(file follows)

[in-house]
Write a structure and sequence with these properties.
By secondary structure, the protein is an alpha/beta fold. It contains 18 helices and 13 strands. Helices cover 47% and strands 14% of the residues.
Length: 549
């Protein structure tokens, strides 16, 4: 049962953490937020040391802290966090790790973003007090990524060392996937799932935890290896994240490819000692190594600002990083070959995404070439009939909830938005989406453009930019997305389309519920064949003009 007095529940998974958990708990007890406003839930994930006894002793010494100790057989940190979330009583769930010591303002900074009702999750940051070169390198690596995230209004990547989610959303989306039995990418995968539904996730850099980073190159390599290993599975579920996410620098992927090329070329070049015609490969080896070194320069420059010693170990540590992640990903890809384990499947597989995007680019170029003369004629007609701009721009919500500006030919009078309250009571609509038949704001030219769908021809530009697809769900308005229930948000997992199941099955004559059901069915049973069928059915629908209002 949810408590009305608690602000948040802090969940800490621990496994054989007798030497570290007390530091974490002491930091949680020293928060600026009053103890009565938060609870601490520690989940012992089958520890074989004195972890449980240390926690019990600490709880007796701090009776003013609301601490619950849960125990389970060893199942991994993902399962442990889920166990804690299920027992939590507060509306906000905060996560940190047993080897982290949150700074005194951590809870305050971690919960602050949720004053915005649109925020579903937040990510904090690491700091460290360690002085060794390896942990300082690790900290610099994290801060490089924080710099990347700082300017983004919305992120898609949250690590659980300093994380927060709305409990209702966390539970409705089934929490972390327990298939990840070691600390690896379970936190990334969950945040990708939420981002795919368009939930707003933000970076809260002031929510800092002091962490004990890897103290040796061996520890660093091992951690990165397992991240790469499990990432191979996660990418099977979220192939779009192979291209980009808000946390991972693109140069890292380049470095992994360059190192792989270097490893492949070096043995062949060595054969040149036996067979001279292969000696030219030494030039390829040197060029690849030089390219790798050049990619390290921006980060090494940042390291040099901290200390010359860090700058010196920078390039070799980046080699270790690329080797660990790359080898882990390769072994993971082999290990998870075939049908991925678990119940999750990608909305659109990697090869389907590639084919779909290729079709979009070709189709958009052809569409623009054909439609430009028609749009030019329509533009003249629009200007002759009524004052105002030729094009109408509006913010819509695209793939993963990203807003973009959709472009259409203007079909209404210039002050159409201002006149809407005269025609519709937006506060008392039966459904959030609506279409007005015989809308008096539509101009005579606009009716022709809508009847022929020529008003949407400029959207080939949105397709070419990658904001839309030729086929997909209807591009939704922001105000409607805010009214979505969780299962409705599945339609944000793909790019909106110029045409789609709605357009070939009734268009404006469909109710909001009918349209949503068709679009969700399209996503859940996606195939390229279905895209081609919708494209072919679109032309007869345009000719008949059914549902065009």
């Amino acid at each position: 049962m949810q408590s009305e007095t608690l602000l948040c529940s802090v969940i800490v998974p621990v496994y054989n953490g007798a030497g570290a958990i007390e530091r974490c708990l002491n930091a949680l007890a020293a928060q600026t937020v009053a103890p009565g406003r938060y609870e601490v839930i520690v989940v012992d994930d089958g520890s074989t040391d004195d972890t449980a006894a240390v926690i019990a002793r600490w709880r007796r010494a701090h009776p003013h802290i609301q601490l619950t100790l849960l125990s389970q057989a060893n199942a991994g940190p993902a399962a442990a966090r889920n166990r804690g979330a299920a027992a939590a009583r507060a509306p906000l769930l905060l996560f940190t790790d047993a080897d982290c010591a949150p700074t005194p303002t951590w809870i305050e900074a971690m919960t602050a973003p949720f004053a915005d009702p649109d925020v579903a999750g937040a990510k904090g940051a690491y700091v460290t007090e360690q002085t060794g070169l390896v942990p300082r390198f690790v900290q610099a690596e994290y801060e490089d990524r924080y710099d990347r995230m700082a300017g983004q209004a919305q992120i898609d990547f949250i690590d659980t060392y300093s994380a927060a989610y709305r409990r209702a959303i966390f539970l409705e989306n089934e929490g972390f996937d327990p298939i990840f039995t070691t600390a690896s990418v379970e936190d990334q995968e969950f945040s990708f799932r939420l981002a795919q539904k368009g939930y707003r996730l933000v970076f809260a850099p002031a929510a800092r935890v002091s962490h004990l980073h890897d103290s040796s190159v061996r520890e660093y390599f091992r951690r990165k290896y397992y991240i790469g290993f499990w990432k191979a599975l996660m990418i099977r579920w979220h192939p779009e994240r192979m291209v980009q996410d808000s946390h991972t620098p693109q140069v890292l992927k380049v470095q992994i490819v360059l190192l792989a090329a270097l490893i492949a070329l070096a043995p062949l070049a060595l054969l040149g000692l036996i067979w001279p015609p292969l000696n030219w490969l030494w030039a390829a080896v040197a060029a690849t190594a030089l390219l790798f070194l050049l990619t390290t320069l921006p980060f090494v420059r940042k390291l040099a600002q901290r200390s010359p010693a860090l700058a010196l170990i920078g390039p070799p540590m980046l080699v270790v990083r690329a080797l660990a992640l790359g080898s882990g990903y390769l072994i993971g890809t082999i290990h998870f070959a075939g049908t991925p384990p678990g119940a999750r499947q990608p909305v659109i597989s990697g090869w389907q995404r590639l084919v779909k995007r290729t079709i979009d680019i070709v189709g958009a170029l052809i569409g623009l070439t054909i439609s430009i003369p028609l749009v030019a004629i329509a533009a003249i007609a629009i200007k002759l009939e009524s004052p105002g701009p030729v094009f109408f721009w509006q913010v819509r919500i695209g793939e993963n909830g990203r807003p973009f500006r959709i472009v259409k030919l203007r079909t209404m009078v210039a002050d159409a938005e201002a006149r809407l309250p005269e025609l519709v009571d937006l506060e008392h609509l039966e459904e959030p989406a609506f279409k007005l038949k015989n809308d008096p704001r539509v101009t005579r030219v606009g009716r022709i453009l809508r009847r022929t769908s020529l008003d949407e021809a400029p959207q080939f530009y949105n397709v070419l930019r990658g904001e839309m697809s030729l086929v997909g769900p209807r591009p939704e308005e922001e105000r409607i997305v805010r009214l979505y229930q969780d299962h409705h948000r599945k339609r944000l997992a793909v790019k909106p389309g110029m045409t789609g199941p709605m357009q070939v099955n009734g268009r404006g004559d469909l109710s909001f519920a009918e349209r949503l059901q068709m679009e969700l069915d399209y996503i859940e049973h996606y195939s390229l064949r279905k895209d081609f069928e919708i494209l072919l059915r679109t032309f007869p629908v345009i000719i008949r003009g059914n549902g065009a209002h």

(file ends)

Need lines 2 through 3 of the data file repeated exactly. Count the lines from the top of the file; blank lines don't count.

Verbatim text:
Write a structure and sequence with these properties.
By secondary structure, the protein is an alpha/beta fold. It contains 18 helices and 13 strands. Helices cover 47% and strands 14% of the residues.